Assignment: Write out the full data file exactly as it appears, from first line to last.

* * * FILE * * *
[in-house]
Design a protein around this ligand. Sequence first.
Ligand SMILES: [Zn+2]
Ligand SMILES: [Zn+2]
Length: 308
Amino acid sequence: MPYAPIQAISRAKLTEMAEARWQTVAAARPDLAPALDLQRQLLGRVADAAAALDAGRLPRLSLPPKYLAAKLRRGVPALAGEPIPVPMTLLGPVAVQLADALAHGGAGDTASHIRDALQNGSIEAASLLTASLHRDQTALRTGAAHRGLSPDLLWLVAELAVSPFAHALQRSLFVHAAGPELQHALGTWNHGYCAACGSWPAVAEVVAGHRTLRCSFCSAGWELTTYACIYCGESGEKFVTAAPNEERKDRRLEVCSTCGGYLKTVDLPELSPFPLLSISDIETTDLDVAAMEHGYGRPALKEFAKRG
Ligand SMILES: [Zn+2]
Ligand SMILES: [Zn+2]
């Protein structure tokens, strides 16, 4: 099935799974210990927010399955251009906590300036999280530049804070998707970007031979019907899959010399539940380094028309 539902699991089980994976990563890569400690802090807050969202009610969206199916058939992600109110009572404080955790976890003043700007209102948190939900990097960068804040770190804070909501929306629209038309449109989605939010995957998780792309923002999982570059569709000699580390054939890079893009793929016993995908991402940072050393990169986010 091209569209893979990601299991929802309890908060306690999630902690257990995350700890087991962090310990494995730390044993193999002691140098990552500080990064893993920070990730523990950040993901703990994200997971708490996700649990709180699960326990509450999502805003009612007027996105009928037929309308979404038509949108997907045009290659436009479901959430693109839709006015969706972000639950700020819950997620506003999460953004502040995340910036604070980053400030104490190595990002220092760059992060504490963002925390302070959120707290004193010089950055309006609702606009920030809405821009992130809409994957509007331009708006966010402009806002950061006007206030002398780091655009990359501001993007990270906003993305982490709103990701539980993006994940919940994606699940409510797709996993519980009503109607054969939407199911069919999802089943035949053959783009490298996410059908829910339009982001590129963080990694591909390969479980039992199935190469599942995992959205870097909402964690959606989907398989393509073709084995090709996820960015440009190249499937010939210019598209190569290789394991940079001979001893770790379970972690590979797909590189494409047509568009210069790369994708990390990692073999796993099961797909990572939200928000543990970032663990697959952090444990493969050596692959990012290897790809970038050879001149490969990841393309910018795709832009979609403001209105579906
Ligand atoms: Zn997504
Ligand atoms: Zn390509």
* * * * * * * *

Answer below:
[in-house]
Design a protein around this ligand. Sequence first.
Ligand SMILES: [Zn+2]
Ligand SMILES: [Zn+2]
Length: 308
Amino acid sequence: MPYAPIQAISRAKLTEMAEARWQTVAAARPDLAPALDLQRQLLGRVADAAAALDAGRLPRLSLPPKYLAAKLRRGVPALAGEPIPVPMTLLGPVAVQLADALAHGGAGDTASHIRDALQNGSIEAASLLTASLHRDQTALRTGAAHRGLSPDLLWLVAELAVSPFAHALQRSLFVHAAGPELQHALGTWNHGYCAACGSWPAVAEVVAGHRTLRCSFCSAGWELTTYACIYCGESGEKFVTAAPNEERKDRRLEVCSTCGGYLKTVDLPELSPFPLLSISDIETTDLDVAAMEHGYGRPALKEFAKRG
Ligand SMILES: [Zn+2]
Ligand SMILES: [Zn+2]
């Protein structure tokens, strides 16, 4: 099935799974210990927010399955251009906590300036999280530049804070998707970007031979019907899959010399539940380094028309 539902699991089980994976990563890569400690802090807050969202009610969206199916058939992600109110009572404080955790976890003043700007209102948190939900990097960068804040770190804070909501929306629209038309449109989605939010995957998780792309923002999982570059569709000699580390054939890079893009793929016993995908991402940072050393990169986010 091209569209893979990601299991929802309890908060306690999630902690257990995350700890087991962090310990494995730390044993193999002691140098990552500080990064893993920070990730523990950040993901703990994200997971708490996700649990709180699960326990509450999502805003009612007027996105009928037929309308979404038509949108997907045009290659436009479901959430693109839709006015969706972000639950700020819950997620506003999460953004502040995340910036604070980053400030104490190595990002220092760059992060504490963002925390302070959120707290004193010089950055309006609702606009920030809405821009992130809409994957509007331009708006966010402009806002950061006007206030002398780091655009990359501001993007990270906003993305982490709103990701539980993006994940919940994606699940409510797709996993519980009503109607054969939407199911069919999802089943035949053959783009490298996410059908829910339009982001590129963080990694591909390969479980039992199935190469599942995992959205870097909402964690959606989907398989393509073709084995090709996820960015440009190249499937010939210019598209190569290789394991940079001979001893770790379970972690590979797909590189494409047509568009210069790369994708990390990692073999796993099961797909990572939200928000543990970032663990697959952090444990493969050596692959990012290897790809970038050879001149490969990841393309910018795709832009979609403001209105579906
Ligand atoms: Zn997504
Ligand atoms: Zn390509």